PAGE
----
Science building progresses

Shawntaye Hopkins

Engineering department head John Reis wants to lead his students to a higher level of education.

But until about a year ago, a new venue was needed.

Now, it is steadily emerging.

Construction of the new science building is on schedule and under budget, and faculty and administrators are expecting it to improve Western’s science education after it is finished in March 2004.

The $20 million project to build the Complex for Engineering and Biological Sciences was started in August 2002. Ed West, director of planning design and construction, said there have not been any problems.

Ogden College dean Blaine Ferrell said the facility will better prepare students for entering the work force or attending a graduate or professional school.

“Our ultimate goal is to get jobs for our students,” Ferrell said.

An educated work force, Ferrell said, will attract high tech companies to Bowling Green and provide local companies with engineers.

The engineering department will occupy the first and second floors of the building. Biotechnology and biodiversity will occupy the third floor.

Mechanical engineering professor Joel Lenoir was one of the faculty members who helped design the interior of the building. He said the complex will give students a better hands-on learning experience than Science and Technology Hall.

The wooden frame in STH can’t support large projects, and the labs aren’t large enough for them, Lenoir said.

Morgantown senior Cody Henderson agreed.

He said he won’t be around when the building is complete, but is glad the department is finally getting more space.

“We’re involved with the Concrete Canoe Competition and Steel Bridge Competition and we compete in the top 10 nationally,” he said. “That takes a lot of lab space.”

Henderson said students will benefit from the added space and new equipment.

Engineering students will also benefit from a two-story 5,000 square foot room on the west side of the building. The room can hold cranes and other tools needed for large projects – something not possible in STH.

After class projects are finished, students will have the option of taking it outdoors to a concrete open space that is similar to a parking lot, Lenoir said.

Another feature will allow students to meet, work and study in a professional, comfortable atmosphere. Three student project rooms – one each for mechanical, civil and electrical engineering – will consist of public meeting space, private working areas, computers and special software.

The rooms will be located on the second floor next to faculty offices. Lenoir said he expects the location to strengthen student and faculty relationships.

Ferrell said the labs in the building will have windows that allow high school students and other guests to watch Western students at work.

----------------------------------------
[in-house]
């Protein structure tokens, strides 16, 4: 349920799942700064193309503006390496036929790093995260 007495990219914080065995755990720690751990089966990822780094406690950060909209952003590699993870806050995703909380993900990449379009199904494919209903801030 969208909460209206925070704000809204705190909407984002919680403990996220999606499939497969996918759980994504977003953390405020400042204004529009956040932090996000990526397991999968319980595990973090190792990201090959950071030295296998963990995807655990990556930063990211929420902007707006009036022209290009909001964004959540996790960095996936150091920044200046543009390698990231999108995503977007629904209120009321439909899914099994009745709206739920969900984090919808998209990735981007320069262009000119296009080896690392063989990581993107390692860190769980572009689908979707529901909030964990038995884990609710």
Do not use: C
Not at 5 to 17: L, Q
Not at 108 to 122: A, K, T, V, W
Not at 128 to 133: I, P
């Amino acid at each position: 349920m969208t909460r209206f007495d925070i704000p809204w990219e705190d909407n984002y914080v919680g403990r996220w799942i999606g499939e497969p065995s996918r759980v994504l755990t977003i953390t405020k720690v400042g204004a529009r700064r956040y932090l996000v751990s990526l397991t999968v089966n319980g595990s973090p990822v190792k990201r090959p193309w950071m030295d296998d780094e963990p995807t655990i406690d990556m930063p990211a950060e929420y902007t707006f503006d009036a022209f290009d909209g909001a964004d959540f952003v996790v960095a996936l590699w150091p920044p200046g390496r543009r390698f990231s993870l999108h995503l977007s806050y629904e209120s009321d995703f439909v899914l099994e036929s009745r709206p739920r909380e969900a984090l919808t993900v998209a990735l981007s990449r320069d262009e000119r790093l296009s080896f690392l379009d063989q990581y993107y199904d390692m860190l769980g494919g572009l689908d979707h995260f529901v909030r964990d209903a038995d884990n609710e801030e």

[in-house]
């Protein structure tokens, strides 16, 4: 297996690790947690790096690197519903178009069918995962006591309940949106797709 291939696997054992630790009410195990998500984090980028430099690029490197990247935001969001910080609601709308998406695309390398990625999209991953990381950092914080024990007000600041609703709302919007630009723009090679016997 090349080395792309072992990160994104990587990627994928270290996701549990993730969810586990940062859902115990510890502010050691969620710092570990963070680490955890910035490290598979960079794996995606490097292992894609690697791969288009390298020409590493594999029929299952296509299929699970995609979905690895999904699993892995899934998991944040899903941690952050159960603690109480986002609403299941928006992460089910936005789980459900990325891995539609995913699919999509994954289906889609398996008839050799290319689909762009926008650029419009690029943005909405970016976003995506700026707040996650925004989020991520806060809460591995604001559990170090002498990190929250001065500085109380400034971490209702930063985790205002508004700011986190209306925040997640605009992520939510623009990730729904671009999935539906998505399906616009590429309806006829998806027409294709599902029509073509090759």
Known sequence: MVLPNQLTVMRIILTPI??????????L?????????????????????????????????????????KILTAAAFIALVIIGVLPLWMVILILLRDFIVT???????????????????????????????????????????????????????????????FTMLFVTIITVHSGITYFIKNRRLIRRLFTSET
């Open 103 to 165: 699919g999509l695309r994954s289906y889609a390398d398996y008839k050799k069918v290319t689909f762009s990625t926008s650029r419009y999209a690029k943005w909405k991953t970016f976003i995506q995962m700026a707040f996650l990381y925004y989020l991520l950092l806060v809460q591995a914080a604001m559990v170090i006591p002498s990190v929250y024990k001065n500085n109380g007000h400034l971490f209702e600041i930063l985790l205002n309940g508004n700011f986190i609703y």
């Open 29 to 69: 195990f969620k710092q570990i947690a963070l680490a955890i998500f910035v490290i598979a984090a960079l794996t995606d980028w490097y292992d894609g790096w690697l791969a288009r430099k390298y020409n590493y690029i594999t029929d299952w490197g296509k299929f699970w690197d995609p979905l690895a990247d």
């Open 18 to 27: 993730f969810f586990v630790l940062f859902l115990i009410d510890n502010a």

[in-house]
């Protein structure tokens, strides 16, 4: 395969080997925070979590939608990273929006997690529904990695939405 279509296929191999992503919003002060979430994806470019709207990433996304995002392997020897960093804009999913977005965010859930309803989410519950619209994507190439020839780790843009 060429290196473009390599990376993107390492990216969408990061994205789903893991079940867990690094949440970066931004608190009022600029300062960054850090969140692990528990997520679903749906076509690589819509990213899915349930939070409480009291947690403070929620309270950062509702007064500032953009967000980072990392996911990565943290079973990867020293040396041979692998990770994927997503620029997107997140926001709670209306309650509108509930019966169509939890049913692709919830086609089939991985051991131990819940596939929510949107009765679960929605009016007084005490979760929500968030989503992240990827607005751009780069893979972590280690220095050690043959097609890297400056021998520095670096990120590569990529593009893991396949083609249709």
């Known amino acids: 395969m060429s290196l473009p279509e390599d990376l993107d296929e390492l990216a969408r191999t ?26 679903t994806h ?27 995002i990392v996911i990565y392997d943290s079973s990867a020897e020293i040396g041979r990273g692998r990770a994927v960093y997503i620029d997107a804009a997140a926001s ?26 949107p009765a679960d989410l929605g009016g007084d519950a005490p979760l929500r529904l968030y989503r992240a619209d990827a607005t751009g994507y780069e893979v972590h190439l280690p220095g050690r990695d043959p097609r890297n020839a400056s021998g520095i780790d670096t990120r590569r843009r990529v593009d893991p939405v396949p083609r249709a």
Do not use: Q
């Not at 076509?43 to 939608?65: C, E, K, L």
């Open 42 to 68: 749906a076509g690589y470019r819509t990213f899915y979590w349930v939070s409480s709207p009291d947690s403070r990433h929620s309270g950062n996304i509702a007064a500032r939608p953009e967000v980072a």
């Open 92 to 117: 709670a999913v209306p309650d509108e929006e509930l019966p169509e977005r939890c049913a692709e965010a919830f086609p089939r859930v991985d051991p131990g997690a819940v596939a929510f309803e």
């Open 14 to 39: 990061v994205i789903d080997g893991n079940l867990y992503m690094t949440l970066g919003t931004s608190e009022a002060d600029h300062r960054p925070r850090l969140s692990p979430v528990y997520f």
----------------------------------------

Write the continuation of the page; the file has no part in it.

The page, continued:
Associate biology professor Mike Stokes represented his department in designing the interior of the complex. He said there are several features that will enhance the education of biology students.

The building will have negative pressure classrooms, which will keep chemical and odors inside and keep the air clean and filtered, he said.

Although their won’t be any biology faculty offices in the building, there will be research space for faculty and students, Stokes said.

Assistant biology professor Jeffrey Marcus said he needs this space.

“When we move into the new building I will be assigned my own lab space,” he said. “Right now we’re so cramped in this building, I’m borrowing space that isn’t really mine.”

Stokes said the new complex will also consist of an animal cell culture and plant cell culture facility and animal care facility. It will also house the Biotechnology Center and the data management office of the Water Resources Center.

Engineering and biology students have 24 hour access to STH. They will also have unlimited access to the new building and their Big Red cards will serve as keys.

Lenoir said he hopes the professional and modern atmosphere of the new facility will lure students, especially since few classes will be held there.

The exterior may help.

West said there will be a sloping roof similar to Van Meter Hall’s and a window similar to the one on Gordon Wilson Hall. Limestone will also be incorporated into the exterior similar to Cherry Hall.

“We tried to select design elements from some of the older buildings on top of the hill,” he said.

West said the concrete frame of the building has been completed and most of the roof is finished. He said contractors have started framing the walls.

The project was bid at about $2 million under the state money budgeted, West said.

Ferrell said the additional money will be used for furniture.

The biology and engineering department also received a $1.2 million grant from the U.S. Department of Education that will be used for equipment in the complex, Ferrell said.

Funding has not yet been found for phase two of the project, which involves renovating Thompson Complex North Wing, STH and Snell Hall.

But Reis and others are currently focused on the completion of the new complex.

“We’re very much looking forward to having it,” Reis said.

Reach Shawntaye Hopkins at [email protected]